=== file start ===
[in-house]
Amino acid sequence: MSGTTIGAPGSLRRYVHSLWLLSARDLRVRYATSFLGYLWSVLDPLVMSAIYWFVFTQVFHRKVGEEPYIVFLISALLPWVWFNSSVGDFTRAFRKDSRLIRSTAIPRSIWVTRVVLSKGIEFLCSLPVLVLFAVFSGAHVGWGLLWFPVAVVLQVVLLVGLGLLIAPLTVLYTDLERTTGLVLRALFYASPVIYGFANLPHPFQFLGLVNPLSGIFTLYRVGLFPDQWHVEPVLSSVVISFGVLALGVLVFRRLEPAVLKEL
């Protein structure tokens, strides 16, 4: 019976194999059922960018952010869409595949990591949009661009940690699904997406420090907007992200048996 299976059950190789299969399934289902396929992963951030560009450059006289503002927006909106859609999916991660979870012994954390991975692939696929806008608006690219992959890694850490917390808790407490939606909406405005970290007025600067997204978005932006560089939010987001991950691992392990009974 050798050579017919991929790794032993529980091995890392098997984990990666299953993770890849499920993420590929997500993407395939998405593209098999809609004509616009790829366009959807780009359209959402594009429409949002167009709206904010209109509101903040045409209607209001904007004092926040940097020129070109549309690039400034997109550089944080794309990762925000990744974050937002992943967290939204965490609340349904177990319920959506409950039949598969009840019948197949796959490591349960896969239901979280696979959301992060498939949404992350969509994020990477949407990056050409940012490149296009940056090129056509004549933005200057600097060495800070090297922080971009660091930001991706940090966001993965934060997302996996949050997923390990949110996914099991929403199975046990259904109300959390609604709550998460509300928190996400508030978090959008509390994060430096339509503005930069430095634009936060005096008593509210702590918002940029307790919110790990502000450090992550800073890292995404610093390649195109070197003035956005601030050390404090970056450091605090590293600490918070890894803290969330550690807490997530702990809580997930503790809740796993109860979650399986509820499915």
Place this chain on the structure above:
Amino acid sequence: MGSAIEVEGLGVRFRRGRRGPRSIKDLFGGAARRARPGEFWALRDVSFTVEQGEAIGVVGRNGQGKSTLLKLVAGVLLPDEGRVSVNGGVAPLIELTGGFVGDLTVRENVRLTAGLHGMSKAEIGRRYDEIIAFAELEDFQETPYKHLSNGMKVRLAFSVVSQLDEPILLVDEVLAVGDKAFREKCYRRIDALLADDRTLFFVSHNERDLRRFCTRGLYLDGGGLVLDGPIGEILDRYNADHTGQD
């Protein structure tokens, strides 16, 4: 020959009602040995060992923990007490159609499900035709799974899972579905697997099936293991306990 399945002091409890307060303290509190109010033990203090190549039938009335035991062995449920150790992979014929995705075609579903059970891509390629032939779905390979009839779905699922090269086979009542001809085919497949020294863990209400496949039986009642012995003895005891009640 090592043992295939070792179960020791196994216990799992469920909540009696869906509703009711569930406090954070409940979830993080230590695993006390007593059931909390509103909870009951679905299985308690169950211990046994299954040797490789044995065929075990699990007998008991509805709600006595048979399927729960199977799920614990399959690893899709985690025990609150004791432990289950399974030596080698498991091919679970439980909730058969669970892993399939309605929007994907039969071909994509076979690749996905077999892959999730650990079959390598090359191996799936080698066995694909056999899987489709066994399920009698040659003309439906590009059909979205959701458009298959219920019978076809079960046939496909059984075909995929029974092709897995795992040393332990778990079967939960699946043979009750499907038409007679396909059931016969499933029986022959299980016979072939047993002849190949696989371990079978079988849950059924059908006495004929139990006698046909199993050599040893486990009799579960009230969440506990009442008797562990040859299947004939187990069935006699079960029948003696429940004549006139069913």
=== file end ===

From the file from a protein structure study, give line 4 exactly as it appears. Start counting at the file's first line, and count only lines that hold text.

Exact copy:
Place this chain on the structure above: